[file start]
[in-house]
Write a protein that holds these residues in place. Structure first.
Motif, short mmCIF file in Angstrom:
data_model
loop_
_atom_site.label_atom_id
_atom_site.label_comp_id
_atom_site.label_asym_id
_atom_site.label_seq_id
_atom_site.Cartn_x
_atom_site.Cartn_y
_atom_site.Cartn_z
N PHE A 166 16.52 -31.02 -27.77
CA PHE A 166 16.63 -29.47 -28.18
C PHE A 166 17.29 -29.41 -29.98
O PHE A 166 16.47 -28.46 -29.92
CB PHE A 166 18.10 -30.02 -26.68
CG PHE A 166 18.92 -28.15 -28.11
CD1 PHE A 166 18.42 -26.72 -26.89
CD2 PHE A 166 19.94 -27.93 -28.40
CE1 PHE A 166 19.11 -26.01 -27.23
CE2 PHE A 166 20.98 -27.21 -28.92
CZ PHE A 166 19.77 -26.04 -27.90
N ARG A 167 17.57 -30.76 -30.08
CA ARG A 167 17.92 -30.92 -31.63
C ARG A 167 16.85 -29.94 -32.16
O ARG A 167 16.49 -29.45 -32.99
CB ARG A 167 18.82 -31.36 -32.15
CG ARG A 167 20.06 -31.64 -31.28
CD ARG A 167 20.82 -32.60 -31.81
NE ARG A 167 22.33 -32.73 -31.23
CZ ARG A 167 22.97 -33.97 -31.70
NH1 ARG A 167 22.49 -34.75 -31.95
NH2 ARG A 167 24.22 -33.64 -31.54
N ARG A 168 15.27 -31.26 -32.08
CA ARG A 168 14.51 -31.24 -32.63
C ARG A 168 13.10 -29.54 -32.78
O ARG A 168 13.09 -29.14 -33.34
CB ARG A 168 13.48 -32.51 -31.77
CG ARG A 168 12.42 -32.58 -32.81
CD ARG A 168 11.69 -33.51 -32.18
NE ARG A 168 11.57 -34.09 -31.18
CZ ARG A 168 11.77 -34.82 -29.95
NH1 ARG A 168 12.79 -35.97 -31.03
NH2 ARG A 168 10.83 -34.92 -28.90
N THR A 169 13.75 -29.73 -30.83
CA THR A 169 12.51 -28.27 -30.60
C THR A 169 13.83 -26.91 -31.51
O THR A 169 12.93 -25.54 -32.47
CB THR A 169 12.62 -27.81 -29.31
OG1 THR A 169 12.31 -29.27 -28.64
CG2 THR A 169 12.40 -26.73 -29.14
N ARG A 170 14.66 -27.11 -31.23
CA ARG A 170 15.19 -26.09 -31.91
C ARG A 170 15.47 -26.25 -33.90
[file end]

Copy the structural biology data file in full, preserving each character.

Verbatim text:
[in-house]
Write a protein that holds these residues in place. Structure first.
Motif, short mmCIF file in Angstrom:
data_model
loop_
_atom_site.label_atom_id
_atom_site.label_comp_id
_atom_site.label_asym_id
_atom_site.label_seq_id
_atom_site.Cartn_x
_atom_site.Cartn_y
_atom_site.Cartn_z
N PHE A 166 16.52 -31.02 -27.77
CA PHE A 166 16.63 -29.47 -28.18
C PHE A 166 17.29 -29.41 -29.98
O PHE A 166 16.47 -28.46 -29.92
CB PHE A 166 18.10 -30.02 -26.68
CG PHE A 166 18.92 -28.15 -28.11
CD1 PHE A 166 18.42 -26.72 -26.89
CD2 PHE A 166 19.94 -27.93 -28.40
CE1 PHE A 166 19.11 -26.01 -27.23
CE2 PHE A 166 20.98 -27.21 -28.92
CZ PHE A 166 19.77 -26.04 -27.90
N ARG A 167 17.57 -30.76 -30.08
CA ARG A 167 17.92 -30.92 -31.63
C ARG A 167 16.85 -29.94 -32.16
O ARG A 167 16.49 -29.45 -32.99
CB ARG A 167 18.82 -31.36 -32.15
CG ARG A 167 20.06 -31.64 -31.28
CD ARG A 167 20.82 -32.60 -31.81
NE ARG A 167 22.33 -32.73 -31.23
CZ ARG A 167 22.97 -33.97 -31.70
NH1 ARG A 167 22.49 -34.75 -31.95
NH2 ARG A 167 24.22 -33.64 -31.54
N ARG A 168 15.27 -31.26 -32.08
CA ARG A 168 14.51 -31.24 -32.63
C ARG A 168 13.10 -29.54 -32.78
O ARG A 168 13.09 -29.14 -33.34
CB ARG A 168 13.48 -32.51 -31.77
CG ARG A 168 12.42 -32.58 -32.81
CD ARG A 168 11.69 -33.51 -32.18
NE ARG A 168 11.57 -34.09 -31.18
CZ ARG A 168 11.77 -34.82 -29.95
NH1 ARG A 168 12.79 -35.97 -31.03
NH2 ARG A 168 10.83 -34.92 -28.90
N THR A 169 13.75 -29.73 -30.83
CA THR A 169 12.51 -28.27 -30.60
C THR A 169 13.83 -26.91 -31.51
O THR A 169 12.93 -25.54 -32.47
CB THR A 169 12.62 -27.81 -29.31
OG1 THR A 169 12.31 -29.27 -28.64
CG2 THR A 169 12.40 -26.73 -29.14
N ARG A 170 14.66 -27.11 -31.23
CA ARG A 170 15.19 -26.09 -31.91
C ARG A 170 15.47 -26.25 -33.90